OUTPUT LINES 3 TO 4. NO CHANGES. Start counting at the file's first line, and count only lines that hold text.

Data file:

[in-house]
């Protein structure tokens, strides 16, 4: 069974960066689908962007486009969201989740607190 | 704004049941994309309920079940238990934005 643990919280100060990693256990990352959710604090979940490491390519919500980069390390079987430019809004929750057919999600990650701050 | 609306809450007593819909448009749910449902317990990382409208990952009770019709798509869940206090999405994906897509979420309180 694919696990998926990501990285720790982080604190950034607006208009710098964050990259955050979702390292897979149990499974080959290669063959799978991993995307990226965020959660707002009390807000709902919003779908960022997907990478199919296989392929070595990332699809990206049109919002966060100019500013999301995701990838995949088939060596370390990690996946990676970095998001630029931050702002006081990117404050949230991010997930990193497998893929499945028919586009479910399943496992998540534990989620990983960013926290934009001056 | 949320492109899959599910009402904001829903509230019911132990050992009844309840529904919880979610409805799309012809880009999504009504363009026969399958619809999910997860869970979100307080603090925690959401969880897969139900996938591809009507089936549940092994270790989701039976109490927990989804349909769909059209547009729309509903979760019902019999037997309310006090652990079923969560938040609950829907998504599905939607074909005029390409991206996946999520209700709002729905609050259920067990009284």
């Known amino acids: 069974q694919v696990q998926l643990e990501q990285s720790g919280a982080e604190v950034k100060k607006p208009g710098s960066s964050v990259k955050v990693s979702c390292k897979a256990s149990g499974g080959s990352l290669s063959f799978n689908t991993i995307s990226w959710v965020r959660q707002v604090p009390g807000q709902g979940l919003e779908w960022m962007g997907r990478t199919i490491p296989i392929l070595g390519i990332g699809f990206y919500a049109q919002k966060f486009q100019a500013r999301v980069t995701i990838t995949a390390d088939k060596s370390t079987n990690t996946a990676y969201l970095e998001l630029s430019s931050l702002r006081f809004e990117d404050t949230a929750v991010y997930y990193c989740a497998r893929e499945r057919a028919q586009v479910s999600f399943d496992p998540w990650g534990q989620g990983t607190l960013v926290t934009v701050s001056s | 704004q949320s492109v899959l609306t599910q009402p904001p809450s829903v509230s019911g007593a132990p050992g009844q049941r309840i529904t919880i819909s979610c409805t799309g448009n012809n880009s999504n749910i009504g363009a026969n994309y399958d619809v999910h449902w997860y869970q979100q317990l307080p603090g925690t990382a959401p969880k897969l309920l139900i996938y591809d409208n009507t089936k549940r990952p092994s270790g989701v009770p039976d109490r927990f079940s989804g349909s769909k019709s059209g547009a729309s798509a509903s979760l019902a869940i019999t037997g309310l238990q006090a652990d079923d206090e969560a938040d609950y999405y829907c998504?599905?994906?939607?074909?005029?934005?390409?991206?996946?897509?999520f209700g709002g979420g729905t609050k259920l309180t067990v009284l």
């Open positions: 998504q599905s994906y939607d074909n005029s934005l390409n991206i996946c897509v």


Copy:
């Known amino acids: 069974q694919v696990q998926l643990e990501q990285s720790g919280a982080e604190v950034k100060k607006p208009g710098s960066s964050v990259k955050v990693s979702c390292k897979a256990s149990g499974g080959s990352l290669s063959f799978n689908t991993i995307s990226w959710v965020r959660q707002v604090p009390g807000q709902g979940l919003e779908w960022m962007g997907r990478t199919i490491p296989i392929l070595g390519i990332g699809f990206y919500a049109q919002k966060f486009q100019a500013r999301v980069t995701i990838t995949a390390d088939k060596s370390t079987n990690t996946a990676y969201l970095e998001l630029s430019s931050l702002r006081f809004e990117d404050t949230a929750v991010y997930y990193c989740a497998r893929e499945r057919a028919q586009v479910s999600f399943d496992p998540w990650g534990q989620g990983t607190l960013v926290t934009v701050s001056s | 704004q949320s492109v899959l609306t599910q009402p904001p809450s829903v509230s019911g007593a132990p050992g009844q049941r309840i529904t919880i819909s979610c409805t799309g448009n012809n880009s999504n749910i009504g363009a026969n994309y399958d619809v999910h449902w997860y869970q979100q317990l307080p603090g925690t990382a959401p969880k897969l309920l139900i996938y591809d409208n009507t089936k549940r990952p092994s270790g989701v009770p039976d109490r927990f079940s989804g349909s769909k019709s059209g547009a729309s798509a509903s979760l019902a869940i019999t037997g309310l238990q006090a652990d079923d206090e969560a938040d609950y999405y829907c998504?599905?994906?939607?074909?005029?934005?390409?991206?996946?897509?999520f209700g709002g979420g729905t609050k259920l309180t067990v009284l």
């Open positions: 998504q599905s994906y939607d074909n005029s934005l390409n991206i996946c897509v």